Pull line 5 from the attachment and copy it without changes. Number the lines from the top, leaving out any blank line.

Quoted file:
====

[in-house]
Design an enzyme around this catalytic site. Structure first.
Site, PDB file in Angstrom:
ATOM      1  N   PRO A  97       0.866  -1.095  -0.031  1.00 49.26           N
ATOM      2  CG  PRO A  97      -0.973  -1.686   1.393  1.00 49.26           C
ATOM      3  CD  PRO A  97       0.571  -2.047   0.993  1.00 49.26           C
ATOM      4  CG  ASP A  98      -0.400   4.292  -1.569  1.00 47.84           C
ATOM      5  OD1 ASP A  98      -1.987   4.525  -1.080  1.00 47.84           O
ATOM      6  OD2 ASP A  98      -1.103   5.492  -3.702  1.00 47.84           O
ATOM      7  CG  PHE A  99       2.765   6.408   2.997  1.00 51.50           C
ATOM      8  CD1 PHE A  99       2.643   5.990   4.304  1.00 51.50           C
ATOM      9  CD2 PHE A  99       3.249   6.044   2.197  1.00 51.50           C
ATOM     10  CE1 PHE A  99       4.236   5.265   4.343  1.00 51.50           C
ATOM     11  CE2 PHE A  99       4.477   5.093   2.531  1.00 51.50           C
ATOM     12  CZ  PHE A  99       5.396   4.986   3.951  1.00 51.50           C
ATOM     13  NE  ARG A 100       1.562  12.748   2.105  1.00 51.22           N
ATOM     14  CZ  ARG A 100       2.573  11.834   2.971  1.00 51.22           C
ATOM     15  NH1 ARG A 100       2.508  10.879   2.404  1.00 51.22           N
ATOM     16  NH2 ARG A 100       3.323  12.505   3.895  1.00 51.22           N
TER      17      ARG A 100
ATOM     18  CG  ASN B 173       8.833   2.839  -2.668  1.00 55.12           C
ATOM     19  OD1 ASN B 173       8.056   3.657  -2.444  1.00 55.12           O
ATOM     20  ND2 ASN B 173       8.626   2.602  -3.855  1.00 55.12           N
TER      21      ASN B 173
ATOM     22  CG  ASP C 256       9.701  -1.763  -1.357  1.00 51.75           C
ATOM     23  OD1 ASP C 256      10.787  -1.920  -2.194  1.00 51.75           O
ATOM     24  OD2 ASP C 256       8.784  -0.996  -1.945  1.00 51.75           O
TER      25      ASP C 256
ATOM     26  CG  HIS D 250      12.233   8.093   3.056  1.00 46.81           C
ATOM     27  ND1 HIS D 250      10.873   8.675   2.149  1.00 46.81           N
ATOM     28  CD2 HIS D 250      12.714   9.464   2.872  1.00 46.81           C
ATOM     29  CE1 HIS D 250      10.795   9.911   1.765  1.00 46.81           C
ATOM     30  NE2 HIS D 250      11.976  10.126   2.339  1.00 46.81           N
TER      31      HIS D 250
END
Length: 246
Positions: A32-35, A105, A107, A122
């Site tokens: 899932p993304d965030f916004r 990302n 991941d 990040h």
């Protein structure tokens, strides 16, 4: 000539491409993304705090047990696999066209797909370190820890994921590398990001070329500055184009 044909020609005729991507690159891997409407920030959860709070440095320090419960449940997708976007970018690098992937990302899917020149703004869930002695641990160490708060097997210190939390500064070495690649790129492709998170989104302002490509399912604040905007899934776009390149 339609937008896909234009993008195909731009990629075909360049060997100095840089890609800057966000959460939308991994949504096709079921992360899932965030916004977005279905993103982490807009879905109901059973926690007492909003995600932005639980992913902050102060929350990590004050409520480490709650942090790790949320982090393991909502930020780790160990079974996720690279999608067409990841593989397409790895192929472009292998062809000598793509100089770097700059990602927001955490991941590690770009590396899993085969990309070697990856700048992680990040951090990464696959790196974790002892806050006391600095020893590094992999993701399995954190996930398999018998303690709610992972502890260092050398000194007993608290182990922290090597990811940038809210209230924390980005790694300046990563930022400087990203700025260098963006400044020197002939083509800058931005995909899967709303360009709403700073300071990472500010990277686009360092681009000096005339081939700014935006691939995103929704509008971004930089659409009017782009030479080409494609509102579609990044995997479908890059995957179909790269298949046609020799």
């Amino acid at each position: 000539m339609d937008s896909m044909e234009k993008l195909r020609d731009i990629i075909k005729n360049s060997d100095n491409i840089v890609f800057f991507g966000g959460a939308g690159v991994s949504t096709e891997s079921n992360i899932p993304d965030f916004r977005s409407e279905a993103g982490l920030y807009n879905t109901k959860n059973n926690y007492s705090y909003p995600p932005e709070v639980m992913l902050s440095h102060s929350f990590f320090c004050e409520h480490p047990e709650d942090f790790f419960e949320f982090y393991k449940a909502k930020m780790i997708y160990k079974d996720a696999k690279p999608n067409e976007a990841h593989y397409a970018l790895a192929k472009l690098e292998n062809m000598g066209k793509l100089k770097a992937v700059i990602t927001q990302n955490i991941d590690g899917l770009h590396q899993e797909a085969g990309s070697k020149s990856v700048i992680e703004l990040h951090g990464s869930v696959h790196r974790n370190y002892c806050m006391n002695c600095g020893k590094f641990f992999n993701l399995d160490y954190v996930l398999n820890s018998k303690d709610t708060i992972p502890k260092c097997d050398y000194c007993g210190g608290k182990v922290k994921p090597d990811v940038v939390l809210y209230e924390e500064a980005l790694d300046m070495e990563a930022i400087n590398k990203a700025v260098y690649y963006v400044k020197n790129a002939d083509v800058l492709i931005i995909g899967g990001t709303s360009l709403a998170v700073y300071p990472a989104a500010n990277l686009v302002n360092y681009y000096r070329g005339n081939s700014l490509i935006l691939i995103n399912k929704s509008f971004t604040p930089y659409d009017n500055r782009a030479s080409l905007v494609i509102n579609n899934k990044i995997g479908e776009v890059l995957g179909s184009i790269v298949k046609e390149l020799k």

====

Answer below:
ATOM      2  CG  PRO A  97      -0.973  -1.686   1.393  1.00 49.26           C